Polygamy. Nominally it seems like a relatively straight forward legal issue in which the government should stay out of the bedrooms of society. But it is not. In theory, polygamy could be lumped in with other legal battles over the definition of marriage such as the recent (and ongoing in some countries) battle over the inclusion of same sex marriage into the umbrella defined by legal marriage. In theory, if one person wants to have two spouses and the two spouses desire to share that person with each other, then perhaps they should have the legal right to do so. But there are some huge implications to this type of relationship which make all the difference in the world.
Firstly, there is the issue of things like rights to benefits. Imagine being an employer who provides a benefits package to your employees and, after hiring someone (and budgeting in a certain percentage overhead cost associated with average benefits costs) finding out that they had not one spousal dependant but five. Suddenly your arithemetical models used to calculate benefits costs are out the window. Inevitably, with enough of these situations, the whole model of employer paid benefits would shift. This is an important issue, but relatively minor (or non existent) reason for some of the current legal battles over polygamy.
The most important issue surrounding polygamy is abuse. The vast majority of polygamous cases that the government is interested in prosecuting involve abuse of women and children (and sometimes men). Typically, polygamy occurs in communities in which religion of some sort is deeply ingrained and entrenched, and the polygamy stems from some religious belief about marriage and relationships. Polygamy was, after all, not uncommon in the Bible, and continued to be officially sanctioned by mainstream Mormonism until relatively recent times. Modern day polygamy normally involves one man marrying many women who are typically much younger than he is, and who are often coerced into the act of marriage. They may feel as though they are taking the decision of their own volition, but that is normally because they have been raised in a culture in which they have no other expectations about marriage. Often women are married at a young age, still as teenagers, to middle aged or older men, who are commonly a distant relative of some sort (a function of the limited size of such sects). It is not hard to understand how this constitutes abuse. A girl raised to believe that polygamny is the norm, or indeed the "right" approach to marriage, and then pressured into marriage at 16 to some familiar relative whom they may have known all their life would eventually become their husband, is abuse plain and simple. One could also argue that the boys who grow up in the same culture and eventually end up being the "beneficiaries" by marrying many wives, are also victims of abuse. They know no other lifestyle and often make their choices out of religiously motivated fear.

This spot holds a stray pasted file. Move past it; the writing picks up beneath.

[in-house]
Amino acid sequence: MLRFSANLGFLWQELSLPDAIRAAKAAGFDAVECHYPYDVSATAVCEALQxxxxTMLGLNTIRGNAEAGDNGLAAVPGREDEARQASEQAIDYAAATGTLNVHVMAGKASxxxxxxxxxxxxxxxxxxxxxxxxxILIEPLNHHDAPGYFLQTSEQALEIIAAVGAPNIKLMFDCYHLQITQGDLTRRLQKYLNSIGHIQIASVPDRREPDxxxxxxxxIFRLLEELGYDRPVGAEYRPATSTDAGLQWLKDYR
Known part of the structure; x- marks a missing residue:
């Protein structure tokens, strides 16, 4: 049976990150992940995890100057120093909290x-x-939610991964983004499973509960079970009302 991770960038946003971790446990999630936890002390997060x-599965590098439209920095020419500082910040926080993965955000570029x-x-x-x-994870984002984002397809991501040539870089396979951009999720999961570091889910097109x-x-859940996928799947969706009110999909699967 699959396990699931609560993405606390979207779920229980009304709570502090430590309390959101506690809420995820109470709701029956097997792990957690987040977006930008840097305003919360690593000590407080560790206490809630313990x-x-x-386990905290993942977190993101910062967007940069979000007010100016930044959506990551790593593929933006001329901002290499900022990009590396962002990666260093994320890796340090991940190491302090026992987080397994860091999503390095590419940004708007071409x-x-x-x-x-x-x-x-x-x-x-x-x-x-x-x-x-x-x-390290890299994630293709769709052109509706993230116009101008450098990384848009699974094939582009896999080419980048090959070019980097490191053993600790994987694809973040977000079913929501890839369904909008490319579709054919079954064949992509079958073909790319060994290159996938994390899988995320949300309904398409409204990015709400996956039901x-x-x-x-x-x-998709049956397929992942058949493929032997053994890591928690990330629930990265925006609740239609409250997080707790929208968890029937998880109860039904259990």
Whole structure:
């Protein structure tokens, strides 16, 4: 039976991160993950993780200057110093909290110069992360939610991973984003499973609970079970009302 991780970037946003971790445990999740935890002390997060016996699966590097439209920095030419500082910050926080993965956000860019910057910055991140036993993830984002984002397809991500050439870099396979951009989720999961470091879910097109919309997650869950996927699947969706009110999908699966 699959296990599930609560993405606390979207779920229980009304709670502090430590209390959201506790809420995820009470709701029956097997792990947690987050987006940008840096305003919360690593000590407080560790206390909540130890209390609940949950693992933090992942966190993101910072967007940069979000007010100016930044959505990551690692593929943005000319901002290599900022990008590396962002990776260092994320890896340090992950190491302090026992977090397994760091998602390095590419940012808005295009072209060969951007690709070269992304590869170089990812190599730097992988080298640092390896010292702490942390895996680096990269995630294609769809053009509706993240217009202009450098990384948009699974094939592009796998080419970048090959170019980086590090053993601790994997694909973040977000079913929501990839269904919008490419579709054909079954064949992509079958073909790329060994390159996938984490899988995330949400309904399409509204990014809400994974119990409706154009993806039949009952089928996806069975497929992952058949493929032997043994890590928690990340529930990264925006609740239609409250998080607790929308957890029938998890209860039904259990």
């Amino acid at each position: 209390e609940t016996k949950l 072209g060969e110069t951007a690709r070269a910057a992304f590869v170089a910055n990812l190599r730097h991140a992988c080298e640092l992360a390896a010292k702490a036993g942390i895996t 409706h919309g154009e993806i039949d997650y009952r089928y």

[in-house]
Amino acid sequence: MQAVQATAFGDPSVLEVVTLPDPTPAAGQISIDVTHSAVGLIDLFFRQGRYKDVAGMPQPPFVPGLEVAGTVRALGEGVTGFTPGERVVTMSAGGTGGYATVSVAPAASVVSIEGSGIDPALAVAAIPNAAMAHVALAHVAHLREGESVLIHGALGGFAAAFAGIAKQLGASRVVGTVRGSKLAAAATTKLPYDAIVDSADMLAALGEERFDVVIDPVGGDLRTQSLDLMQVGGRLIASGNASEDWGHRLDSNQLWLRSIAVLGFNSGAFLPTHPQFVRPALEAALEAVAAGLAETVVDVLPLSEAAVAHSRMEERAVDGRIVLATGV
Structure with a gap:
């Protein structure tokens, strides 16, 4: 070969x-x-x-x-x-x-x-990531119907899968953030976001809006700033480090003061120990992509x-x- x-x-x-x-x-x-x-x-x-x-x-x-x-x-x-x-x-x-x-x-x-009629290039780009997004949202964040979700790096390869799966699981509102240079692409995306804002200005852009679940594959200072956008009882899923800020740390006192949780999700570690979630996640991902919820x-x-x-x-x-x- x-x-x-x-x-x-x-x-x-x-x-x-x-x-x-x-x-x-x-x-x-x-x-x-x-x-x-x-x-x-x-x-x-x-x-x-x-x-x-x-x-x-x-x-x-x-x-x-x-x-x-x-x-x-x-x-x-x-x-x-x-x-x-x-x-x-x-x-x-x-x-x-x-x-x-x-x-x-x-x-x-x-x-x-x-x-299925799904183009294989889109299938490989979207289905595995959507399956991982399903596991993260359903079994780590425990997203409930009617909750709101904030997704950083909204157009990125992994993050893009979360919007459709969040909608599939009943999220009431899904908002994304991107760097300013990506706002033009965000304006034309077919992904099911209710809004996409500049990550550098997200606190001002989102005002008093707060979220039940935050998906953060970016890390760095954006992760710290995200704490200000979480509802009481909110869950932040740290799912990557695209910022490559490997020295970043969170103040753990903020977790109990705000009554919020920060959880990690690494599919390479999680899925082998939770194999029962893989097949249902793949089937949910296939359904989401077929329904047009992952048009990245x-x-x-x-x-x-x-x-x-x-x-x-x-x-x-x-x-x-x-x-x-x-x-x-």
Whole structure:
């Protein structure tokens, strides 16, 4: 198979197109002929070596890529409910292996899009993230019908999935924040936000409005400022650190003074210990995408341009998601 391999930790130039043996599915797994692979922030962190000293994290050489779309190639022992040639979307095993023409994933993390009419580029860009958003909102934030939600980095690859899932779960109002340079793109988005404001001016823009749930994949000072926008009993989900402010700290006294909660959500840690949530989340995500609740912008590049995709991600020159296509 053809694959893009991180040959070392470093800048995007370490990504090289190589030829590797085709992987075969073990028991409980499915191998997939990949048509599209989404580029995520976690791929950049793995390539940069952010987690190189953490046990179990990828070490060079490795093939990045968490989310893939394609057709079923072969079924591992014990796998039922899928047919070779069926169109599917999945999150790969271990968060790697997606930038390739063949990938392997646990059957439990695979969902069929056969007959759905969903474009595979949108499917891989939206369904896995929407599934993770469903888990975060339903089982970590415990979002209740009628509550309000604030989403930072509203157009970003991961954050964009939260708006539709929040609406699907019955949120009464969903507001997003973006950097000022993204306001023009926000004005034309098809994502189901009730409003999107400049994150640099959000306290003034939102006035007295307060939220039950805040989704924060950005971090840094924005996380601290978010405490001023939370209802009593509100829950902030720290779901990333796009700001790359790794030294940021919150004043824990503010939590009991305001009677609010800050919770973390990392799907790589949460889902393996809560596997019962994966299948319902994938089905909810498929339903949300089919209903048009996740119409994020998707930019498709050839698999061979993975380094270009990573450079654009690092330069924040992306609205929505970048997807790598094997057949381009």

A modern day example of a polygamous community is Bountiful, British Columbia, Canada. The community is known as a fundamentalist sect of Mormonism (i.e. a claimed sect of Christianity of sorts) in which patriarchal male figures marry multiple young women. The local government has wrestled with the legal precedence of the situation for some time, but yesterday a supreme court judgement ruled that the law against polygamy is constitutional. (See this news article).
People have freedom of religion in most Western, democratic societies. But, their freedom of religion should never infringe on someone else's right to freedom from religion, or on anyone's basic human rights. Good for the legal system in making the right decision in this clear case of abuse of society's most vulnerable. Let's hope they follow it up with some prosecutions.